A long time ago, a friend of mine told me this simple technique to deal with novice studio musicians.
You know the kind, the ones that might be great musicians but somehow get real stressed out in the studio.
They feed off the audience when they’re playing live, rocking out and playing every note with so much soul. But when you sit them down in the studio they suddenly get the jitters.
Every note sounds a little flat.
Every solo sounds uninspired.
Every drum beat just a little shaky.
Have you ever had this problem?
Well my friend used to do this one thing. He’d be all optimism and smiles and just go:
“Yeah…that was good….let’s try another one just to be sure.
He instilled confidence in the musicians. He let them know he thought they were doing fine while making them do another take. Sooner or later(it was usually sooner) they’d get back their confidence and start ripping through their songs, with all the soul they’ve had before.
It’s a simple trick, but very effective. Because sometimes you run into green players and you need to stroke their ego and make them feel good about themselves.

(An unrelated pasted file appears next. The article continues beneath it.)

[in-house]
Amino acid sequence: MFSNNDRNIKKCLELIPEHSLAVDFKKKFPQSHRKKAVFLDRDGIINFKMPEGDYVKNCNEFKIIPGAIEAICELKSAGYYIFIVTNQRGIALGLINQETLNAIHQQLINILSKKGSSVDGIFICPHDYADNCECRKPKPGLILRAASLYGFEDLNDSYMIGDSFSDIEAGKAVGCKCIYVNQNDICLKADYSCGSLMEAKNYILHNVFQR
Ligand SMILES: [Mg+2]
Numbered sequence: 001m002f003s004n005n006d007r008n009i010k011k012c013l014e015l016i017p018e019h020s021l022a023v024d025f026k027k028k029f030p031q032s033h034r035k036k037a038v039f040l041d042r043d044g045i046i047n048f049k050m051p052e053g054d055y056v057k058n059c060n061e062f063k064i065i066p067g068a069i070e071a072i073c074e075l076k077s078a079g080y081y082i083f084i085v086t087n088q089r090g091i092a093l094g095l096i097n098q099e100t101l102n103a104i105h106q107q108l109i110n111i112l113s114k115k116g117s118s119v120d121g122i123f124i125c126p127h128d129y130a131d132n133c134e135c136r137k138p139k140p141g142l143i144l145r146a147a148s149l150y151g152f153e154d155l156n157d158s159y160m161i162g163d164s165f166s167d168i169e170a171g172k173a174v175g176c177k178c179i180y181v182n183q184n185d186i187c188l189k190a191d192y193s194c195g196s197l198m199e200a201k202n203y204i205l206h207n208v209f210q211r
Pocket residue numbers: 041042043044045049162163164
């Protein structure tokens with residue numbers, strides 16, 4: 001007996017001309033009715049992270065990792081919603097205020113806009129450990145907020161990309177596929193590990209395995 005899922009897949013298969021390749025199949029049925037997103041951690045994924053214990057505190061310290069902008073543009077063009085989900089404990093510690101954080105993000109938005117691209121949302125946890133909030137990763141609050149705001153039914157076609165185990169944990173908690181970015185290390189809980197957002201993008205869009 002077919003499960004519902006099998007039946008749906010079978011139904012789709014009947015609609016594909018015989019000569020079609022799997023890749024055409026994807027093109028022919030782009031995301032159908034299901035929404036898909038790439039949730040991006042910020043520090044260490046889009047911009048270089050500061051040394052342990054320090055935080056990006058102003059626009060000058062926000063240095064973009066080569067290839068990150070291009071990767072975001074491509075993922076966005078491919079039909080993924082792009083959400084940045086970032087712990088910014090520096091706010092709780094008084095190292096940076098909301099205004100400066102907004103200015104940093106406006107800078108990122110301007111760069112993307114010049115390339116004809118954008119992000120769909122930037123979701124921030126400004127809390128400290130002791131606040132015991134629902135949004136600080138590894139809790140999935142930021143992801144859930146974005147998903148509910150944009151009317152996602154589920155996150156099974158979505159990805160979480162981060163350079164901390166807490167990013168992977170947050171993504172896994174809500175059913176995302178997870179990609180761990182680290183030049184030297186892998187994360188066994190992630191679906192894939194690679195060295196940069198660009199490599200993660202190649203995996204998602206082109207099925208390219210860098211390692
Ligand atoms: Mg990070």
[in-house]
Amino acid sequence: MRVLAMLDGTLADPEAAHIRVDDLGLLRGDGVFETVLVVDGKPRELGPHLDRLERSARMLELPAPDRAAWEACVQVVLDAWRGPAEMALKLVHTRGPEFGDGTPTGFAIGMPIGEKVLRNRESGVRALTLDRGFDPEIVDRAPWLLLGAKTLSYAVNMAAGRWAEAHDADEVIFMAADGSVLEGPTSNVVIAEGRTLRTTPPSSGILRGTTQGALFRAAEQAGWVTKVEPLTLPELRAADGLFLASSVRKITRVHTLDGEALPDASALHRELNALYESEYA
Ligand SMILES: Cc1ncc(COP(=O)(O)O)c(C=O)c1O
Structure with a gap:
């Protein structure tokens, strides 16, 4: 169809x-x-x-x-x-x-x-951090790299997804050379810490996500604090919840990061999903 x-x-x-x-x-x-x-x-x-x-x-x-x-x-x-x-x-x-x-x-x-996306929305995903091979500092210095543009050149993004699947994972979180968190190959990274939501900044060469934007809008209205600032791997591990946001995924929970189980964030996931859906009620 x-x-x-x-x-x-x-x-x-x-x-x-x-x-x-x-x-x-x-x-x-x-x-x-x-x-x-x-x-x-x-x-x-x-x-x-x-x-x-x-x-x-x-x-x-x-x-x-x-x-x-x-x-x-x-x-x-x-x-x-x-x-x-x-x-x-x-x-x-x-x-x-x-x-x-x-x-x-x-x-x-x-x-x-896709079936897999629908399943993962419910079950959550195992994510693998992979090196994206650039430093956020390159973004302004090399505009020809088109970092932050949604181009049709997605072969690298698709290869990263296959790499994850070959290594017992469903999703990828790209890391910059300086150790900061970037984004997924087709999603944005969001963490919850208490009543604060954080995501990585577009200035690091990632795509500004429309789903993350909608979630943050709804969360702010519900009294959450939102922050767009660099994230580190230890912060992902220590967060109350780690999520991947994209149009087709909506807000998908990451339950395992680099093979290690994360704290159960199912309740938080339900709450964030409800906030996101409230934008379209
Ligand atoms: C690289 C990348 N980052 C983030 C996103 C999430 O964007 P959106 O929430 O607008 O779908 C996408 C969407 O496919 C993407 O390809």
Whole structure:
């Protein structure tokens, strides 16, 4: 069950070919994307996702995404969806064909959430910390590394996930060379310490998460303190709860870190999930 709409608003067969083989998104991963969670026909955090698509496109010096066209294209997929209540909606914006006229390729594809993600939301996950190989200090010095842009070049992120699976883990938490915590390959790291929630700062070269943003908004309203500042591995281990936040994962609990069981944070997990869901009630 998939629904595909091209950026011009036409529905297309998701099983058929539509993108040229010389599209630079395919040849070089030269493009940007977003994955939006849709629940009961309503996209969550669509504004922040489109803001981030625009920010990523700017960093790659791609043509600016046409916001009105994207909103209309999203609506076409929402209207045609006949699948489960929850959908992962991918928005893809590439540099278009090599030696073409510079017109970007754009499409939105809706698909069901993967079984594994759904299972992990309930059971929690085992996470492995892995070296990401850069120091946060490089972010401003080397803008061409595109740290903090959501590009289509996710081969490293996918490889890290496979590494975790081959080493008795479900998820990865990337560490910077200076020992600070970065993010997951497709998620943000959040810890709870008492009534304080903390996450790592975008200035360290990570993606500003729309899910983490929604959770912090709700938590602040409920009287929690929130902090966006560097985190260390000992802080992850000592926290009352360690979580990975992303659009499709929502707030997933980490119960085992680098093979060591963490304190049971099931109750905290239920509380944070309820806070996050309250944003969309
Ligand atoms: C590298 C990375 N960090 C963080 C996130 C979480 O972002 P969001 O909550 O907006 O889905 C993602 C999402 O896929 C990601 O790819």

It’s really all about simplicity. Simple set ups, simple recordings, simple coaching tips. If you keep everything simple you won’t burden yourself with complex situations that result in you cowering in the corner, hyperventilating with a paper bag.
Make your recording session as simple as possible and you’ll make even the most naive musician feel right at home.
That’s what I teach you in Recording and Mixing Strategies. Simple and effective recording and mixing tricks to make your sessions run smoother and sound better.
Check it out here:
You’ll learn, among other things:
- A no-nonsense explanations of all the equipment you need to record great audio.
- The little known drum recording technique that produces great results, even in the worst rooms. Page 46
- The 3 easy ways to make your mix sound exactly like you want.
- The 10 steps towards a polished and professional vocal sound.
- How to get a bigger mix without adding clutter and muddiness. Page 36
Image by: nathangibbs